In your words
Roadrunners from the 1970s tell us how MSU Denver changed their lives.
Publish Date: November 11, 2016
The integral part that MSU Denver played in my life can’t be overstated. It prepared me for a distinguished career in higher education administration for over 30 years.
Much of my professional development came from the extracurricular activities I was involved in around the college. It was a time when student participation and activism in college governance may have been at its zenith.
My experience in student government at the college as chief justice of the Student Court taught me how to work with a diversity of people, to resolve conflict and be an agent for change and improvement – lifelong skills needed in any profession.
I was also very fortunate to have had the professional mentorship of many individuals. In particular, Kenneth Curtis, Andy Breckel and Martha Valdez were all instrumental in my seeking a career in student personnel services.
After MSU Denver, I completed a master’s degree in public administration at the University of Colorado. I worked at Front Range Community College, retiring as dean of instructional services after more than 30 years. For more than two decades, I was a senior arbitrator for the Denver/Boulder Better Business Bureau.
The friends, colleagues, education and experiences at MSU Denver will never leave my memory. It is something for which I am forever indebted.
Craig Bowman B.A. English ‘70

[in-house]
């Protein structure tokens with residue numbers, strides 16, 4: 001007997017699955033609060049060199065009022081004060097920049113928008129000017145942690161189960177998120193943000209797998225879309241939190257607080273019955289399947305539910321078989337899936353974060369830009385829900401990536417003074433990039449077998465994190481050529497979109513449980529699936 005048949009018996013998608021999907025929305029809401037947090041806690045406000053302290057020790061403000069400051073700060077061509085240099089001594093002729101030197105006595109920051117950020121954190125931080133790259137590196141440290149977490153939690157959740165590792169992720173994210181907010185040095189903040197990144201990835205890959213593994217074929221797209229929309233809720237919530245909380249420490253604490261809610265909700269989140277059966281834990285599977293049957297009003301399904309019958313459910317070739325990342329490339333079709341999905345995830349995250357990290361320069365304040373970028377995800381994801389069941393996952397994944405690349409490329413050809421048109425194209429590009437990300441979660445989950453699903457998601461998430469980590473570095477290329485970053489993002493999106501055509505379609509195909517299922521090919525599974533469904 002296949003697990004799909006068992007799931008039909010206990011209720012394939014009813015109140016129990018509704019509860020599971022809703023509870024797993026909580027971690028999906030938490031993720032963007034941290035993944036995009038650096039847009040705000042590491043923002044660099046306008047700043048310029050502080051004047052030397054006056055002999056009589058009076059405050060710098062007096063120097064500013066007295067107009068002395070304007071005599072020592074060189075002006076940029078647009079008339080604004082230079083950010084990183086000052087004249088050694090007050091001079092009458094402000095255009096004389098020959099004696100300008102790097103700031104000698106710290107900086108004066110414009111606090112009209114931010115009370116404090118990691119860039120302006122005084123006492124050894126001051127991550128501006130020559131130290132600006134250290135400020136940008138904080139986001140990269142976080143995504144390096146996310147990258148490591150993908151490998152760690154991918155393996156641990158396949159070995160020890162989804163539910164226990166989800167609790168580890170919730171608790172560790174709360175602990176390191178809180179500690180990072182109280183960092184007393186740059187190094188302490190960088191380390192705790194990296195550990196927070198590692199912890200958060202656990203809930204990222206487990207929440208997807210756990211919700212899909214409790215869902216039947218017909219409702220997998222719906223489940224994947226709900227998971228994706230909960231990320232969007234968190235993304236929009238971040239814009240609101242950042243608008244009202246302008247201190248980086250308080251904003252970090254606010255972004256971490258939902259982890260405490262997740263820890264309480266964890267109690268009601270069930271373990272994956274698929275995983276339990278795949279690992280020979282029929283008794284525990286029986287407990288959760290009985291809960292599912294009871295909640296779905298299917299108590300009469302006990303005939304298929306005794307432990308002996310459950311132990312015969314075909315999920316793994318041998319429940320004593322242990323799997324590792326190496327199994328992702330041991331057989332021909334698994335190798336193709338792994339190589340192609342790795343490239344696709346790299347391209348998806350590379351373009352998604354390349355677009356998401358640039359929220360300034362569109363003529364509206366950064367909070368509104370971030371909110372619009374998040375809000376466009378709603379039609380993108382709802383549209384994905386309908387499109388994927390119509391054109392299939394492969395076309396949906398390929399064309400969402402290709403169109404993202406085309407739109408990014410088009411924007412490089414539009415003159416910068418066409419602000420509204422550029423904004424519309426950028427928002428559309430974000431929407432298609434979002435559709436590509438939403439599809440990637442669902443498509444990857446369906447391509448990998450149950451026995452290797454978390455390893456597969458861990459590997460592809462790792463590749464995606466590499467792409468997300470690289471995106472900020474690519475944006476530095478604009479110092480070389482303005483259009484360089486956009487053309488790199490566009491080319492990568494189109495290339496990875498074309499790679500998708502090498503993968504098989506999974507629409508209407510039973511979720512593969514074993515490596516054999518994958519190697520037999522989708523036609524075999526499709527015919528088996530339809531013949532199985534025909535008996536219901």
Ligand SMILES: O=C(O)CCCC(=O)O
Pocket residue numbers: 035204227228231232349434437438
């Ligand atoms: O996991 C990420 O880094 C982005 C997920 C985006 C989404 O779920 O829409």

MSU Denver made a real difference in my life.
I was a first-generation college student. I think my parents imagined it was like enrolling in first grade – walk through the door with your birth certificate and immunization card, and you’re good to go.
My parents had no experience with colleges, entrance exams or financial aid. My high school advisors compounded the problem, providing information to those whose parents had gone to college, while trying to steer the rest of us in other directions. Never mind the National Merit letter of commendation I received; my high school counselor was suggesting beauty school, or maybe a couple of years of community college.
After completing all of my high school graduation requirements, and frustrated at the lack of encouragement, I left in the middle of my senior year.
My school district did not award my diploma until spring, and made some noise about considering me truant for a semester. Some of my teachers and classmates thought I had dropped out. Imagine all of the jaws dropping when I showed up at the senior awards ceremony as a highly decorated retired military officer, I had been awarded a full- ride scholarship by the Disabled American Veterans.
I had completed a term of classes as a provisional student at MSU Denver. I loved the energy, enthusiasm, real-world approach and the rare opportunity to learn in small classes,
instead of lectures in crowded auditoriums.
I earned my Bachelor of Arts in biology with honors at the age of 20. Later, I got a Master of Science in public health from the University of Colorado, advanced through a wonderful career and retired from the Environmental Protection Agency.
All of it began with my college experience at MSU Denver.
B.A. biology ’77